States bear the duty of ensuring human rights and providing essential public services to their citizens, and governments must allocate financial resources accordingly. Where sovereign debt payments reached the point that states can no longer finance the fulfilment of their human rights obligations, governments should seek a debt restructuring to reduce debt service burdens and create fiscal space. Human Rights Impact Assessments are a useful tool for assessing the impact of debt and adjustments on states’ capacity to ensure human rights.

What institutional, policy and regulatory changes are required at the international level to ensure that global economic governance structures better support the use of responsible debt financing, by borrowers and lenders, for sustainable development?

The international community should ensure responsible lending by official and private creditors and responsible borrowing by sovereign borrowers and the private sector. Most regulation focuses on the borrower side and on the sovereign. There is an urgent need to better regulate lenders, and the private sector both as borrower and lender. Most debt crises start in the private sector, and only eventually spill over to the sovereign.

The few existing tools, such as the UNCTAD Principles, should be strengthened through monitoring mechanisms for responsible lending and borrowing,

How can existing frameworks and tools be improved to ensure effective, fair and transparent sovereign debt crisis resolutions?

The absence of an international debt resolution mechanism remains a gaping hole in the international financial architecture. Sovereign debt crises are difficult to manage, as there is no insolvency law to give guidance and no insolvency court to make decisions on necessary debt restructurings. This leads to avoidable delays, collateral damage and unfair outcomes. There is an urgent need for the international community to agree on a legal framework for debt restructurings and to create a debt resolution forum or debt workout institution, as already suggested in the UNCTAD Roadmap and Guide on Sovereign Debt Workouts.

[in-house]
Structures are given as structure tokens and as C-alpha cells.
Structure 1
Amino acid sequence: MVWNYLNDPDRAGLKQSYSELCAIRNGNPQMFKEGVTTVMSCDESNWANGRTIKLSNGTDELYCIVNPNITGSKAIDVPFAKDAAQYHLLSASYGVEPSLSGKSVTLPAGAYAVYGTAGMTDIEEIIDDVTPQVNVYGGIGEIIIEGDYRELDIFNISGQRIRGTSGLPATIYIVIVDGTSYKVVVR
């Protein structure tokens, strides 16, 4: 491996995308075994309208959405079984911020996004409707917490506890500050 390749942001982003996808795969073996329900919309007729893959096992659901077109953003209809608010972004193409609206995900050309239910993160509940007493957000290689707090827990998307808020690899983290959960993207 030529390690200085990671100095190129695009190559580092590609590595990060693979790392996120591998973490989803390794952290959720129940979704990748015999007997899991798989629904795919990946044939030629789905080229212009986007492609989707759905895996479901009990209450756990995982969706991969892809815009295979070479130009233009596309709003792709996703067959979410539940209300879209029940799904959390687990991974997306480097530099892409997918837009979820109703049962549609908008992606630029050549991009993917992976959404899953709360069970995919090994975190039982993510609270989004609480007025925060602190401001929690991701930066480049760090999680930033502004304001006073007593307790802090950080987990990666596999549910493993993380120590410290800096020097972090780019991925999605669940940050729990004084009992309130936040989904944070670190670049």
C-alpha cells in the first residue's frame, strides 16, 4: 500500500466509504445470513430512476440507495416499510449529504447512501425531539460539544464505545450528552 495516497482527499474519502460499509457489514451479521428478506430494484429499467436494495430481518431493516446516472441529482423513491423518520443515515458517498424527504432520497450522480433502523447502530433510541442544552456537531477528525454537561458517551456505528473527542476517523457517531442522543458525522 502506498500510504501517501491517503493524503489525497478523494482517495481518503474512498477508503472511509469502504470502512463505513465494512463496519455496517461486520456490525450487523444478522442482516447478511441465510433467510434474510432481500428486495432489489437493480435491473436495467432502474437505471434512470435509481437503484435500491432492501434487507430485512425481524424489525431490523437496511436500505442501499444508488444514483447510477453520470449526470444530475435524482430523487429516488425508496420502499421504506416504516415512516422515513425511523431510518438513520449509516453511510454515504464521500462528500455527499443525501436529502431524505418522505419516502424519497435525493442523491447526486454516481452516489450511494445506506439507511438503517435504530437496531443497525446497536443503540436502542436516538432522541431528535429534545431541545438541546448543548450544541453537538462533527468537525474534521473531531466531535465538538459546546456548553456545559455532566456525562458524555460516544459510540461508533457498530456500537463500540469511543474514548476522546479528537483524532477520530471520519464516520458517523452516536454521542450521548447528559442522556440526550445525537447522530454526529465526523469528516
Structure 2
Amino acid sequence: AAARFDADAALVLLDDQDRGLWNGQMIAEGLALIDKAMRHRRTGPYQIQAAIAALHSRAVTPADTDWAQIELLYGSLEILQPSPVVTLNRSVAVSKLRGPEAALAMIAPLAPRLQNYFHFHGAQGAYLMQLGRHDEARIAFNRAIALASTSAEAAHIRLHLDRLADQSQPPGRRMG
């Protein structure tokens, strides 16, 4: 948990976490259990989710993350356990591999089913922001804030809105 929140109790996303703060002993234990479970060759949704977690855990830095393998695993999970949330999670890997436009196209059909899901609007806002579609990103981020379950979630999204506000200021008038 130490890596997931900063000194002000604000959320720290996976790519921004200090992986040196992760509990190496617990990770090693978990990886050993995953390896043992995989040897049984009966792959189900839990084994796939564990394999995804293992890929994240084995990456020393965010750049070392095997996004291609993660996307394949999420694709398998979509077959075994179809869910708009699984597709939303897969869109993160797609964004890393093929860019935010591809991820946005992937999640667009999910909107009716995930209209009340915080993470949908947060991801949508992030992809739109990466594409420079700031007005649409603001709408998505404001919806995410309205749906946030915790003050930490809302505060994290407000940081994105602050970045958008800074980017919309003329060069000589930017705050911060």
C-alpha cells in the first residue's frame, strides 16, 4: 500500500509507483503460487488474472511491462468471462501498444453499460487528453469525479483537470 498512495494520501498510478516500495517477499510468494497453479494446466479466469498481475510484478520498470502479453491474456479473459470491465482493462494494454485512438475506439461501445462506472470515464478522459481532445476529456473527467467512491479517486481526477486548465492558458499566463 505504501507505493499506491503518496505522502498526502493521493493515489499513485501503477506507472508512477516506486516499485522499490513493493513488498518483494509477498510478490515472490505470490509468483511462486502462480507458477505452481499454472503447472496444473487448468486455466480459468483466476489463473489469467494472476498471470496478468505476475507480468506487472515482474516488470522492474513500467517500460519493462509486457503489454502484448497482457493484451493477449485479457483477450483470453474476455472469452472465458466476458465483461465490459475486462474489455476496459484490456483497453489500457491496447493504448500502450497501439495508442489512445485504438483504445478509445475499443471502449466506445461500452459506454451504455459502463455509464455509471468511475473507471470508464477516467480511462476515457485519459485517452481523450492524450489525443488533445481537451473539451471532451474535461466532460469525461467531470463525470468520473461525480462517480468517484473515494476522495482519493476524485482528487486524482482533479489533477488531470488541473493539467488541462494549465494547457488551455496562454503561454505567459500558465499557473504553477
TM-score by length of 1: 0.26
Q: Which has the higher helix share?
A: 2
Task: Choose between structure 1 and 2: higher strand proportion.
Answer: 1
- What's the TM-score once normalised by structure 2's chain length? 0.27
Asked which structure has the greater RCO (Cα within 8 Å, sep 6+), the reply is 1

This framework should also allow states to take unilateral measures based on international law, including the suspension of payment, carrying out debt audits with the participation of civil society, as well as the repudiation of illegal, odious and/or illegitimate debt as recommended among others by the recent European Parliament Resolution of 17 April 2018.

We suggest that UNCTAD should continue to work on the concept of a sovereign debt resolution mechanism with a special focus on countries whose debt situation risks being severely aggravated through external economic shocks or the effects of natural disasters in regions that are most severely affected by climate change.


Endorsed by the Civil Society FfD Group and particularly the following organizations:

Africa Development Interchange Network (ADIN)

African Forum and Network on Debt and Development (AFRODAD)

AMI – Debt Free Project Greece/Cyprus

Bretton Woods Project

Centre for Research on Multinational Corporations (SOMO)

Committee for the Abolition of Illegitimate Debt (CADTM)

Coopération Internationale pour le Développement et la Solidarité (CIDSE)

Debt and Development Coalition Ireland

Debt Free Project Greece

Debt Justice Norway

Ecumenical Academy Prague – Jubilee Germany

European Network on Debt and Development (Eurodad)

Jubilee Debt Campaign UK

Jubilee USA

Latindadd – Red Latinoamericana por Justicia Económica y Social

NSC – Friend of the Earth Hungary

Plateforme Française Dette et Développement

Sisters of Charity Federation

Social Justice in Development – SocDev

Society for International Development (SID)